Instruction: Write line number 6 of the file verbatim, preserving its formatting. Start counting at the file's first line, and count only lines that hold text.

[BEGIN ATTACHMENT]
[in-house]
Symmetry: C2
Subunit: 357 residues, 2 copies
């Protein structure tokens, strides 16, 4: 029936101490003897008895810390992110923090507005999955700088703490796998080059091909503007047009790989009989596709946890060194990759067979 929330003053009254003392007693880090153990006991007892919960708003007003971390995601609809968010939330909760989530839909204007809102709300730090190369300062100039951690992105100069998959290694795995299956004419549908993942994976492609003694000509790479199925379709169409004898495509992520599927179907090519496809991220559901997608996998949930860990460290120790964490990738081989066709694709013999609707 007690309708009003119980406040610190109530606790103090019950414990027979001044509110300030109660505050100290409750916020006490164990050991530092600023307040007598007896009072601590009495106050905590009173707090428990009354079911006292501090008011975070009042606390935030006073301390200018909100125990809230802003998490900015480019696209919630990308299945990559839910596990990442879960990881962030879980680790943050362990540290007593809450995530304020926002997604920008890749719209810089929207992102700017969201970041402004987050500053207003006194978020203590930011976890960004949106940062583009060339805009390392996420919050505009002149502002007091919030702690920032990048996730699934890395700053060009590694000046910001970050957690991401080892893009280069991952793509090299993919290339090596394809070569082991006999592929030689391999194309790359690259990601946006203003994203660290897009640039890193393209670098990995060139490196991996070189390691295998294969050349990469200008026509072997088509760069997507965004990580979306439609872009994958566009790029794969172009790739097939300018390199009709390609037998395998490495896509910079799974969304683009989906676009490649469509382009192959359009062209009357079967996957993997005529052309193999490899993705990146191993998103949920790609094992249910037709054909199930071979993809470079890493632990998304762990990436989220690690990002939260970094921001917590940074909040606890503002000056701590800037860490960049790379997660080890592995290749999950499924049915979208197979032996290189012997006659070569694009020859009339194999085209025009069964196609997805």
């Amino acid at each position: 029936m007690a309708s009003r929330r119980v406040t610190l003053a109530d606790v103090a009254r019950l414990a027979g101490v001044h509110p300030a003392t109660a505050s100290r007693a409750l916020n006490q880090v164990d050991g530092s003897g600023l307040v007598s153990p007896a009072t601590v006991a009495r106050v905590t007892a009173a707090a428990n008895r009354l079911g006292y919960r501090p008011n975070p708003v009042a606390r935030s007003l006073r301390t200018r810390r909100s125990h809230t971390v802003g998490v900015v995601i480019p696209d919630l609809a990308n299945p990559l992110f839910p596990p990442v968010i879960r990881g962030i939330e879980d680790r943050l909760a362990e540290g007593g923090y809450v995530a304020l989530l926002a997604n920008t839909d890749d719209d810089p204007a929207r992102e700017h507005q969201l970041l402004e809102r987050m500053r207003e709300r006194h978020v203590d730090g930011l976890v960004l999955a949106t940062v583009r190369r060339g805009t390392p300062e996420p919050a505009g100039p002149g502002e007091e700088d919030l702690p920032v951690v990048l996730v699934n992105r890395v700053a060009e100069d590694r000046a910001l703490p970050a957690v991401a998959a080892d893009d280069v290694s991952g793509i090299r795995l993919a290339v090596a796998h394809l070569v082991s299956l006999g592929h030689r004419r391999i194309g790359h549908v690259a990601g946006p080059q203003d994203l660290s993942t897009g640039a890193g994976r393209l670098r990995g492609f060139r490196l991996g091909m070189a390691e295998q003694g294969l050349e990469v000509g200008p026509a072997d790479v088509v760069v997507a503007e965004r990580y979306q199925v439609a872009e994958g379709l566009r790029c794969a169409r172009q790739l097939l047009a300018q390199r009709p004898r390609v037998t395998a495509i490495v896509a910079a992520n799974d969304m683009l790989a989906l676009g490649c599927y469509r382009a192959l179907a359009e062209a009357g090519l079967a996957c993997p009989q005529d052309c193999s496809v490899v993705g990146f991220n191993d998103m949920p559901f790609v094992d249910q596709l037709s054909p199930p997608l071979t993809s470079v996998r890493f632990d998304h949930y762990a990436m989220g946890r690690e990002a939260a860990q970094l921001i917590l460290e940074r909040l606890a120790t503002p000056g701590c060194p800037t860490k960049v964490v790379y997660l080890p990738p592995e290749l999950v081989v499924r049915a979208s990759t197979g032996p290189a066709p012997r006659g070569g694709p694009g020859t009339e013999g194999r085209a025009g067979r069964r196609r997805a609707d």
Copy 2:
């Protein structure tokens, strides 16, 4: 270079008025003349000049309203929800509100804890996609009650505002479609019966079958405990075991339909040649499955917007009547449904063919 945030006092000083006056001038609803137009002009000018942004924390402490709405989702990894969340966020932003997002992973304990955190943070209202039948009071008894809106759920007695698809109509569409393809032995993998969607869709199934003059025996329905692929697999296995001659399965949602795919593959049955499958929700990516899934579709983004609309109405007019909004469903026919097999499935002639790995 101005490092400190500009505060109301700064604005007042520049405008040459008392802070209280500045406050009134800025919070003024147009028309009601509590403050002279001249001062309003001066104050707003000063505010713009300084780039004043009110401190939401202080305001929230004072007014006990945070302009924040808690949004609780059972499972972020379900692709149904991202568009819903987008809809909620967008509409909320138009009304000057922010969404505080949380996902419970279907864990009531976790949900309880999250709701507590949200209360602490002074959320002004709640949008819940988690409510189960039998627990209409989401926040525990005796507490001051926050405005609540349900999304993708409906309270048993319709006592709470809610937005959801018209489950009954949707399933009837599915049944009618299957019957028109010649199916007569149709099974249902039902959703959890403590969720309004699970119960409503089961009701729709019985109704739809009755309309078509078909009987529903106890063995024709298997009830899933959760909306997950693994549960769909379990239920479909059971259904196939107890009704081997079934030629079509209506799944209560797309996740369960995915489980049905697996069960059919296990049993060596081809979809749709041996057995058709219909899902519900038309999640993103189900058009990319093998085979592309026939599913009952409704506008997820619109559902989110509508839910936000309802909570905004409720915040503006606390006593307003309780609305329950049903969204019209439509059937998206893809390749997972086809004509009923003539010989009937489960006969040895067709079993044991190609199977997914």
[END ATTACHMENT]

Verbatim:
Copy 2: